• Social media is not one solution fits all. Coordination of a combination of enabling tools can be determined by an organization’s training department and other advocates.
  • Bottom-up nature of social media. These tool preferences don’t happen at a corporate level. User adaptation is critical. Concept of consumerization of IT...people also bring in their own tools such as Ipads, mobile, that they have already embraced and applications they have discovered.Social media is at the convergence of what is public and private. This is the issue for corporations. It’s not easy to create a simple policy, especially as tools constantly changing.
  • Bottom-up nature of social media. These tool preferences don’t happen at a corporate level. User adaptation is critical. Concept of consumerization of IT...people also bring in their own tools such as Ipads, mobile, that they have already embraced and applications they have discovered.Social media is at the convergence of what is public and private. This is the issue for corporations. It’s not easy to create a simple policy, especially as tools constantly changing.
  • Social media can reach various learning audiences and engage: New employees Recently trained employees Knowledgeable employees External learnersWord Doc How to Improve the Effectiveness of Informal LearningInformal learning accounts for 80% of all learning in organisations and happens without any intervention from managers. However, it may not always be as effective as it could be. This guide highlights some actions that can be taken by an organisation to improve the effectiveness of informal learning. Also included is a diagnostic tool to help uncover where the informal learning that is already taking place can be made more effective, and identify how this can be done.
  • After formal training, do not overwhelm, but instead use real results via Social media to help users apply learning on the job.
  • Chief Learning Officer magazine, Feb. 2011, “Going Social” by Michael Echols, Learner pull vs. push model of traditional learning. Social Learning is real, because Millenials will make up the bulk of our employees and define organizational culture. Also financial cause: Push models cannot keep up with the rate of change. Measure the business impact of mentoring, a form of social learning.Chief Learning Officer magazine, Feb. 2011, “How to Create an Agile Organization” by Pamela Meyer, Stresses the importance of improvisation in work solutions. Trainers can tap their creativity and ability to naturally collaborate to help reconfigure the organization and help it deal with change, continue to progress.See also Melanie Turekhttp://www.readytalk.com/community/blog/2011/02/10/corporatetraining/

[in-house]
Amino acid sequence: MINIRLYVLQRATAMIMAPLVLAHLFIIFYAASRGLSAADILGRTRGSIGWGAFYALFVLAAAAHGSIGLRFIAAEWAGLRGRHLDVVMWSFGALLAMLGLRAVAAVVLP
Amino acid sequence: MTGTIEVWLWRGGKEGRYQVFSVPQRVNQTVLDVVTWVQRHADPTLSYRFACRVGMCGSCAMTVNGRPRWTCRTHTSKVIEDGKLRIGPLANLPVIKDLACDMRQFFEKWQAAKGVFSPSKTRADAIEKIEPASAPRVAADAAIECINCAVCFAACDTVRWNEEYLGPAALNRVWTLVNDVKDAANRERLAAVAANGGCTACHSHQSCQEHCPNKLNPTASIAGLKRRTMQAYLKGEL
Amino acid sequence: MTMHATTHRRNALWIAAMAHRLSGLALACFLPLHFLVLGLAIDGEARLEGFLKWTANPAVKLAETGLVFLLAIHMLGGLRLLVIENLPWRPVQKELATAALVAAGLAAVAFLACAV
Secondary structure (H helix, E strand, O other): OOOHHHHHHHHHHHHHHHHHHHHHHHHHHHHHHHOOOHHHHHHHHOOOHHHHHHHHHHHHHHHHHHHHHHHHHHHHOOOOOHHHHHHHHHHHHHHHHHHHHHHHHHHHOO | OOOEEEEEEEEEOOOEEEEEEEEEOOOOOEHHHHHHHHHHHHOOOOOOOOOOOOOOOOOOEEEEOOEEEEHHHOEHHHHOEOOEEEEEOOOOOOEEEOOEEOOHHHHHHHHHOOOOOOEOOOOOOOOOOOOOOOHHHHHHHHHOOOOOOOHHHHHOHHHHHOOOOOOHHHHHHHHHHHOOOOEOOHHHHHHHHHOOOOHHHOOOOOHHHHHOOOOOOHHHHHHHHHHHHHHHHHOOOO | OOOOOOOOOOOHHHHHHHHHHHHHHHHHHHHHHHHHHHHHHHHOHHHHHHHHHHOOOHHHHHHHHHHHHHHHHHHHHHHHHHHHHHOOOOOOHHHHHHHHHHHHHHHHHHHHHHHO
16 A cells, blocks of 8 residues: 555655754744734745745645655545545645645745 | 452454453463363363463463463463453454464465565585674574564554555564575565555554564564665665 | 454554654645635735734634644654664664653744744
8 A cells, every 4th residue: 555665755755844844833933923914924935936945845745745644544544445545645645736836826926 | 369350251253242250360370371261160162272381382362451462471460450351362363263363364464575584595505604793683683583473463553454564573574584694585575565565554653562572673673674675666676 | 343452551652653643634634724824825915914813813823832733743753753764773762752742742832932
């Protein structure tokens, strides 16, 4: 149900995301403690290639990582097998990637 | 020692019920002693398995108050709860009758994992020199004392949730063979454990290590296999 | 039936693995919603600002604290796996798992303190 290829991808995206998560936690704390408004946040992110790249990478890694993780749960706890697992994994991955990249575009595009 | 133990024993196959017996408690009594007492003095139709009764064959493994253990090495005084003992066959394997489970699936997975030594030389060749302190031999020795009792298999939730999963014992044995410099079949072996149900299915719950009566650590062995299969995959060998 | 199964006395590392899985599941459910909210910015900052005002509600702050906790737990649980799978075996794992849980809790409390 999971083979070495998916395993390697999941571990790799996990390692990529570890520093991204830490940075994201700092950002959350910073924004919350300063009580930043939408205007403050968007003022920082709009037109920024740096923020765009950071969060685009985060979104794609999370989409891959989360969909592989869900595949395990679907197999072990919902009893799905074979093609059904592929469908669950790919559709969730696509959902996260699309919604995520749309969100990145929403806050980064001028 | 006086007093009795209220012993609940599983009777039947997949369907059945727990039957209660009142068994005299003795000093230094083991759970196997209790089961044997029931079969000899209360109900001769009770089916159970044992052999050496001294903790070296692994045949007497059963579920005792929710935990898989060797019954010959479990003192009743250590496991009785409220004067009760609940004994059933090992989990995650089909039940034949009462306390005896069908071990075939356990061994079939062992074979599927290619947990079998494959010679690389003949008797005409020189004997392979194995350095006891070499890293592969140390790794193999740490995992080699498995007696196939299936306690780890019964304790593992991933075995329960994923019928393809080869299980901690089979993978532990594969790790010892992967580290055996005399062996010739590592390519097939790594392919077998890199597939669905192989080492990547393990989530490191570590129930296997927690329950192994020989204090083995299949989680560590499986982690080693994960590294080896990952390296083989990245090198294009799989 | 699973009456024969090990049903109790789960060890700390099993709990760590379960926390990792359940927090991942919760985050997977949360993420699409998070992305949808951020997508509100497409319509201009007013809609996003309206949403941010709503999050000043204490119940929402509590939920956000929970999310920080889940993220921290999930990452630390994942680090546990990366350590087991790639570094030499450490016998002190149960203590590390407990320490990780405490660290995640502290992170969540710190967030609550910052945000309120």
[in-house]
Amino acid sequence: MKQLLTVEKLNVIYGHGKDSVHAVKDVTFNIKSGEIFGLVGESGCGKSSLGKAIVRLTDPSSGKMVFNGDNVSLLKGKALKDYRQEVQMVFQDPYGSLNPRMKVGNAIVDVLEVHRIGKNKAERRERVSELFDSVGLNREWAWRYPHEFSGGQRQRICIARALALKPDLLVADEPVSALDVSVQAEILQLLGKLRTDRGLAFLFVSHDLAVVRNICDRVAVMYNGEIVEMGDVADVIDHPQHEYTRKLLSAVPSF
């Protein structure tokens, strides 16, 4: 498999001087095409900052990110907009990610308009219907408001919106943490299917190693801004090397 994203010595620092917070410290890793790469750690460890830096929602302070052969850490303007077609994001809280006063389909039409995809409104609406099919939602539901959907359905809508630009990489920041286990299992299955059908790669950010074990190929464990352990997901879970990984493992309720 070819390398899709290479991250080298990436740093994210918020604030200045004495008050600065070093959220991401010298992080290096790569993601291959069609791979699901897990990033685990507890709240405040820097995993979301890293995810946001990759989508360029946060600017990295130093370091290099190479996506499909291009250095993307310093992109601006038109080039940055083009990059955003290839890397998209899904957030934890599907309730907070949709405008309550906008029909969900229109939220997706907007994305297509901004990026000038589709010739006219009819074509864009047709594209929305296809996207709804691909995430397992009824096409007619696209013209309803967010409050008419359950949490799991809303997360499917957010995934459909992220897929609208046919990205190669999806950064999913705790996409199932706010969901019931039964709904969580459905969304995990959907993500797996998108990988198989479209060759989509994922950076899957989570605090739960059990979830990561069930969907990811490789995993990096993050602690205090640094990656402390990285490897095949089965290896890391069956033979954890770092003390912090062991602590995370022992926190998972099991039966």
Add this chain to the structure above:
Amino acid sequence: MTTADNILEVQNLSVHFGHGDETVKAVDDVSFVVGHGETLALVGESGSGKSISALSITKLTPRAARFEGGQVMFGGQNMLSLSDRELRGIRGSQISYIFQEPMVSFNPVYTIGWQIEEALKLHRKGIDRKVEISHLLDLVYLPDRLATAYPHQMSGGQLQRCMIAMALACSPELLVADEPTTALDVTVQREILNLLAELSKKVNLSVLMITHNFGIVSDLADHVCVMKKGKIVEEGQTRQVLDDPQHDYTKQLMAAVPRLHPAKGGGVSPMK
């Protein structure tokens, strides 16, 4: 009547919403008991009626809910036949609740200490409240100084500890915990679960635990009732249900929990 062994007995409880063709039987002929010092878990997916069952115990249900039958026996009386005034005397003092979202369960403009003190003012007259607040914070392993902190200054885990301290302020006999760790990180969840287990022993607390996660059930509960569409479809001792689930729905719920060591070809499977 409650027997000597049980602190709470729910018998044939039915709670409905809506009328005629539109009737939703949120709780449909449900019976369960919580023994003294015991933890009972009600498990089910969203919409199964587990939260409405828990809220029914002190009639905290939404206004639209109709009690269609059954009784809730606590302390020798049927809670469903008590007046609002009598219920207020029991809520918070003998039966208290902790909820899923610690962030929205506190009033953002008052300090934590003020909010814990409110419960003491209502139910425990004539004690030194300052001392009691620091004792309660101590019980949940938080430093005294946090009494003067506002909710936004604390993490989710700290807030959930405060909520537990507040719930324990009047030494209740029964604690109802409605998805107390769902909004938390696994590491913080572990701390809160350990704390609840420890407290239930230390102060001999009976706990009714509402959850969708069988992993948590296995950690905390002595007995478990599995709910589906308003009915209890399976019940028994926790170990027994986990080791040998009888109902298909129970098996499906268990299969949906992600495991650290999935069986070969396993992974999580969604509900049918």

• Paul Seidel http://www.trainingindustry.com/blog/blog-entries/7-trends-driving-the-future-of-corporate-training-services-in-community-colleges.aspx
  • Note: At 2010 ONLINE EDUCA BERLIN, a major topic – 'learning cultures' – emerged. Effective learning cultures will continuous look at user perception of value of social media in organization,
  • Technology is adopting social media.
  • Each tool is associated with a larger departmental strategy. Even further, the department strategy is aligned with the key business drivers of the organization. Strategic objectives Country needs based on platform needs Individual employees’ needsIn order to identify: Topics Learning channel (based on learning preferences) Learning at the moment of apply in order to maximize impact (use of skills)The new tool is aligned with existing processes. This helps to facilitate adoption. Example: Performance and Learning Plan There are many ways to approach learning and the department integrated seven different tools that together meet the learning needs of the organization. Based on Marc Rosenberg
  • Integration with other tools (Socialcast discussions), designed to be user friendly.Rating system and anonymous comments give customers a voice. Allows for promotion through testimonials. 1750 staff joined SocialCast and 94 groups created. 0ver 14,000 posts. 93% feel more connected.
  • Supervisors are involved at both the beginning and end of the courses. They can offer support and monitor progress. In addition, supervisors are requested to complete an evaluation to determine the student’s skills were applied.
  • To promote the online university, created “PSI U Voice” the newsletter for all students. Featured an outstanding student to show the benefits of the university and also to give recognition. Adding 3-5 new courses each month to keep interest. Recognize platforms and top students who have completed the most number of courses. Promote top rated courses.
  • All of the L&P tools are demand driven. They are developed and launched to meet a need and help staff in their job Conducted a needs assessment survey and developed tools based on the feedback of our customer.
  • You don’t have to be an megapower like HP, Chrysler or a Cisco (whom we discuss later), which all have extensive integrated platforms to use social media for collaborative learning. We will show you some tools you can use right away, as well as talk about existing networks like #Lrnchat that you can be involved in.For example, HP has 10,000 users, sr. management endorsement, and used wide variety of Soc. Media: SharePoint, blogs, wikis, email, instant messaging, discussion forums, surveys and podcasts with RSS feeds, challengesChrysler obtained 7 million site visits and over 206,000 registered members from 230 countries.